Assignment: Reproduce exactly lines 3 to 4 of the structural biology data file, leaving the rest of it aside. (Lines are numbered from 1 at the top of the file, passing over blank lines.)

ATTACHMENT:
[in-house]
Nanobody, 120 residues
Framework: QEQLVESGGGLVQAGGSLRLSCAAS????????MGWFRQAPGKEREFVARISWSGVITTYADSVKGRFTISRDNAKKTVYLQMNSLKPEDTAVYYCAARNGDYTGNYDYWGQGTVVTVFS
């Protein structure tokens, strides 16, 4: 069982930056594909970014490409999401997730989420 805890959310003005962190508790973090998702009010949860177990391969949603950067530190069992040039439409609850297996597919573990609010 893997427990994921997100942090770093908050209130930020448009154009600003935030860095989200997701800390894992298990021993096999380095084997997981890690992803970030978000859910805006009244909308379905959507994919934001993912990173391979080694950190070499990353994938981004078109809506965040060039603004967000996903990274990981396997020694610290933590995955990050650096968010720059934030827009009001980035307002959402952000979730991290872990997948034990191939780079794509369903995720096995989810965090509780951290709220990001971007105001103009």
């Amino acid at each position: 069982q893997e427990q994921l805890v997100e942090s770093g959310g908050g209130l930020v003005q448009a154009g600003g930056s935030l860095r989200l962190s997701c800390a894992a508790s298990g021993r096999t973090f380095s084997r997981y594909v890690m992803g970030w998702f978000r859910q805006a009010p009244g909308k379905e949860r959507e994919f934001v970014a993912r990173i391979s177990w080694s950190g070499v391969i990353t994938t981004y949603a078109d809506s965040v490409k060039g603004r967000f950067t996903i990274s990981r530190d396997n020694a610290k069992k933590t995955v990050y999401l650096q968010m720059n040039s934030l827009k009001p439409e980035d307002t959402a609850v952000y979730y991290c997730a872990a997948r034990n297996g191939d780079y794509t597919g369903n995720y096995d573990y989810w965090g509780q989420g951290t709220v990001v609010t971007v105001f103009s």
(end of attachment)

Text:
Framework: QEQLVESGGGLVQAGGSLRLSCAAS????????MGWFRQAPGKEREFVARISWSGVITTYADSVKGRFTISRDNAKKTVYLQMNSLKPEDTAVYYCAARNGDYTGNYDYWGQGTVVTVFS
């Protein structure tokens, strides 16, 4: 069982930056594909970014490409999401997730989420 805890959310003005962190508790973090998702009010949860177990391969949603950067530190069992040039439409609850297996597919573990609010 893997427990994921997100942090770093908050209130930020448009154009600003935030860095989200997701800390894992298990021993096999380095084997997981890690992803970030978000859910805006009244909308379905959507994919934001993912990173391979080694950190070499990353994938981004078109809506965040060039603004967000996903990274990981396997020694610290933590995955990050650096968010720059934030827009009001980035307002959402952000979730991290872990997948034990191939780079794509369903995720096995989810965090509780951290709220990001971007105001103009």